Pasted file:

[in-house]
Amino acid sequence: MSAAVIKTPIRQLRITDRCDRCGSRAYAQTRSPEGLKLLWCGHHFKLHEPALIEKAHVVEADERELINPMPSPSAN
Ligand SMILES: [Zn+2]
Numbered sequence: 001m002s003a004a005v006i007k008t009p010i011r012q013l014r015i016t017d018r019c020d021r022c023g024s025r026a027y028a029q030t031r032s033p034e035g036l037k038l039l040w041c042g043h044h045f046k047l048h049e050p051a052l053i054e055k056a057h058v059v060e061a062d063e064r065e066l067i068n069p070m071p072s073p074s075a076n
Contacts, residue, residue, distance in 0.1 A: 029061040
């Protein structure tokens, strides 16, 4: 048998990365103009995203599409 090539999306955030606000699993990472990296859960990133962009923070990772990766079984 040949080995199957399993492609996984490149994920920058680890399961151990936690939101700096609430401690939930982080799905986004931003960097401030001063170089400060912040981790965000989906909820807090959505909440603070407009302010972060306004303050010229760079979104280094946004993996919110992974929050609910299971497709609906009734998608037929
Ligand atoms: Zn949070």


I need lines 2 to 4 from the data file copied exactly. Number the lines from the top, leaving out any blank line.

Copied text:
Amino acid sequence: MSAAVIKTPIRQLRITDRCDRCGSRAYAQTRSPEGLKLLWCGHHFKLHEPALIEKAHVVEADERELINPMPSPSAN
Ligand SMILES: [Zn+2]
Numbered sequence: 001m002s003a004a005v006i007k008t009p010i011r012q013l014r015i016t017d018r019c020d021r022c023g024s025r026a027y028a029q030t031r032s033p034e035g036l037k038l039l040w041c042g043h044h045f046k047l048h049e050p051a052l053i054e055k056a057h058v059v060e061a062d063e064r065e066l067i068n069p070m071p072s073p074s075a076n